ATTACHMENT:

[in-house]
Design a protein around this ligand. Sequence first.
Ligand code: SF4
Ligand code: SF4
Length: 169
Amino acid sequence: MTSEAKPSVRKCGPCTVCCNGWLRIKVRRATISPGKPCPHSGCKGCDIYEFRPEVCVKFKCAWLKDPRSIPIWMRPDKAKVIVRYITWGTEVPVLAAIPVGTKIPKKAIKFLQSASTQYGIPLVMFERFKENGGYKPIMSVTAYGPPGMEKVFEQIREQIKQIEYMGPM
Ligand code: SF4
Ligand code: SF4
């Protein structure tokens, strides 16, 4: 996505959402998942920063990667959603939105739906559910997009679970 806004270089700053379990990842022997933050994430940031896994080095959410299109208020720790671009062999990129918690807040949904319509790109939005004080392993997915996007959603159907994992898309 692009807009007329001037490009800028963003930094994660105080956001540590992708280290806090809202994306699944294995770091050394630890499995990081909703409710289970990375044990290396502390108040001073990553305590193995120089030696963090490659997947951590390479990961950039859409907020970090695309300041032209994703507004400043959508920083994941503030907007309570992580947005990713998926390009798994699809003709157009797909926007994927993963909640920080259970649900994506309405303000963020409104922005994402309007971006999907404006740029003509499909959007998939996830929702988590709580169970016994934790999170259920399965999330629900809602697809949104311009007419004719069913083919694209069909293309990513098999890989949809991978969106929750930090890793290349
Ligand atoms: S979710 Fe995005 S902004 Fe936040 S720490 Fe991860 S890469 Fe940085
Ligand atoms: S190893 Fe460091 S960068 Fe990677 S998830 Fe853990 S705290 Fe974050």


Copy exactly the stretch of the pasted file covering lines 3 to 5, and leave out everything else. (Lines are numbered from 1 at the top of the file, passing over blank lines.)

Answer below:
Ligand code: SF4
Ligand code: SF4
Length: 169